And Mr Cull agreed.
Despite the "battle lines" that had been drawn on those two issues, councillors on both sides had worked together to the point the meeting was a "watershed" for co-operation.
As mayor, he expected councillors to act within the rules, and in a professional way.
Deputy Mayor Chris Staynes pointed to the two issues he said were resolved.
"Sure there was fractiousness at the meeting.
"There will always be a bit of fractiousness, a bit of playing to the gallery.
"That's what council is all about."
Cr Jinty MacTavish said she thought aspects of Monday's meeting showed signs it was a group of people who could work together.
She also mentioned the climate change and John Wilson Ocean Dr issues.
"That's not to say I enjoy all aspects of everyone's behaviour at all times.
"But I think Monday was a good starting point."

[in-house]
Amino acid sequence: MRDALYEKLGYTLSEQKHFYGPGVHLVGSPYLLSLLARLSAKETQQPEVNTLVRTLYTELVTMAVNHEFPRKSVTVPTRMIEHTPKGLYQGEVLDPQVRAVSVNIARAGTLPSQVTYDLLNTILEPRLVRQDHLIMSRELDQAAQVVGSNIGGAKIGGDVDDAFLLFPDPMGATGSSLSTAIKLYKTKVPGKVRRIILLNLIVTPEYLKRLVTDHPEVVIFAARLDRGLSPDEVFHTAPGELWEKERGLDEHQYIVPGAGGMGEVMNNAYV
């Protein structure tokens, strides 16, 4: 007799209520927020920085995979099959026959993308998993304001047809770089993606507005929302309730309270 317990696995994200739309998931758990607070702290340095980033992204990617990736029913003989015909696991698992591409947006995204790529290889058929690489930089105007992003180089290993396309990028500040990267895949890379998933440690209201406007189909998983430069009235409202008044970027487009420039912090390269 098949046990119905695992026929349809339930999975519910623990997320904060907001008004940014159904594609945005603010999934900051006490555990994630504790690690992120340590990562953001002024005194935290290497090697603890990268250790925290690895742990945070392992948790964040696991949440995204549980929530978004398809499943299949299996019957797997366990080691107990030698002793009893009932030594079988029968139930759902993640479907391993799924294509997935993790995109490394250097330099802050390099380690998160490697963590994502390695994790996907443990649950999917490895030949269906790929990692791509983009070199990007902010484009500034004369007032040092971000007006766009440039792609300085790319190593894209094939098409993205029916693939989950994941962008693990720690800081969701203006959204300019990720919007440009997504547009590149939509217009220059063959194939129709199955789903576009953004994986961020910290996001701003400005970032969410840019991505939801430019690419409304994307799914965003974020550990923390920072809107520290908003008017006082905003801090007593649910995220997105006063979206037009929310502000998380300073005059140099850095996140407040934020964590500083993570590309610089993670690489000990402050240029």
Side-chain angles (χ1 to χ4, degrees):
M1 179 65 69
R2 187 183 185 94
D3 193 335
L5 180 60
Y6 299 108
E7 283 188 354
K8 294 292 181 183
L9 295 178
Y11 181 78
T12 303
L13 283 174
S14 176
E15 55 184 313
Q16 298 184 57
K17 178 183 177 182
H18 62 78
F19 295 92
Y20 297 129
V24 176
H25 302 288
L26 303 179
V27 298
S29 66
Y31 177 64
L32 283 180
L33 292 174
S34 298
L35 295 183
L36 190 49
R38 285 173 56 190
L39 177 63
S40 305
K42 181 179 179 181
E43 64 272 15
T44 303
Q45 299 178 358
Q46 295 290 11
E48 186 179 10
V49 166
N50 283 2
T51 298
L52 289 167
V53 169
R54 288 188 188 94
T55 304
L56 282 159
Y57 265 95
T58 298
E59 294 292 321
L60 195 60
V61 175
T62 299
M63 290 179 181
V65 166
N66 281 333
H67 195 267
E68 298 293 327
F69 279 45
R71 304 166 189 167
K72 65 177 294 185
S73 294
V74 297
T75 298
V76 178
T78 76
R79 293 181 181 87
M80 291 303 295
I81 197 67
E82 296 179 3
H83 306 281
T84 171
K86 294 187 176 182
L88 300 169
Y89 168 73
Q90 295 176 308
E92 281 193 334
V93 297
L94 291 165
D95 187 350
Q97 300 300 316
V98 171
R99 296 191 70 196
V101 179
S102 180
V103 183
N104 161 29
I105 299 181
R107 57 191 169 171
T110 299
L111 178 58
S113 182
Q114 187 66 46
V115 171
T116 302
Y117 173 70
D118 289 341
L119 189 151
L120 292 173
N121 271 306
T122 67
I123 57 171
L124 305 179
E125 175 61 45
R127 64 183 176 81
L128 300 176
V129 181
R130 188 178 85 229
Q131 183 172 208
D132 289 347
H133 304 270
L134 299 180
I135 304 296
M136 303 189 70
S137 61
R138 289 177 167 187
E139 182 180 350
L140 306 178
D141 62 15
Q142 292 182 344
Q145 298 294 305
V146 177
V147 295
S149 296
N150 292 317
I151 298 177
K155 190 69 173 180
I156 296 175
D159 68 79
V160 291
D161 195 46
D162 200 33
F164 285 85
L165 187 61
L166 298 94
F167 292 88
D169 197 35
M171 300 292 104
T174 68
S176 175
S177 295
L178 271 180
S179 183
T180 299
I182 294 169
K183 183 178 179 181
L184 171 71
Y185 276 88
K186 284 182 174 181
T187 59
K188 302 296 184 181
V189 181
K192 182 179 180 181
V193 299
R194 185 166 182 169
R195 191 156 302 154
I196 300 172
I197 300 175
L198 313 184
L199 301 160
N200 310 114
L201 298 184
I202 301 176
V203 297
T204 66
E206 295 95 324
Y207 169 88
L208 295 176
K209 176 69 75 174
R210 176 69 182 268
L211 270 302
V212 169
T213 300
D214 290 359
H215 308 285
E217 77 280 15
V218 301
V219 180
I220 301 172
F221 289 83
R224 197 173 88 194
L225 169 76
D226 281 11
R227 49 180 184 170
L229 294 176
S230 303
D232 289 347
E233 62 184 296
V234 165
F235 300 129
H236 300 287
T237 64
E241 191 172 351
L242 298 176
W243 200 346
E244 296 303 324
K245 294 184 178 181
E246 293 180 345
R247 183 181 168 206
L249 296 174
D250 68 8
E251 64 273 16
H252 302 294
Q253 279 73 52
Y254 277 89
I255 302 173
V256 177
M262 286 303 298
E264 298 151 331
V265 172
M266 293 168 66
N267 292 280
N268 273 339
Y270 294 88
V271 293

Cr Bill Acklin said he thought the meeting was, in comparison to meetings held in the past, "a lot smoother".
"There was a lot more working together with combinations of people who haven't up till now."
There were "a couple of councillors stirring", he said, but issues had been resolved.
And Cr Lee Vandervis agreed the council had improved in terms of the relationships of elected members.
After three years away, he said the contrast between Mr Cull and former mayor Peter Chin was noticeable.
"To me, it's much more respectful between councillors."
On criticism of his style by other councillors, he said that had decreased markedly, with points of order levelled against him now fewer than in the past.
"It used to happen four or five times a meeting."
Teresa Stevenson did not respond to messages left.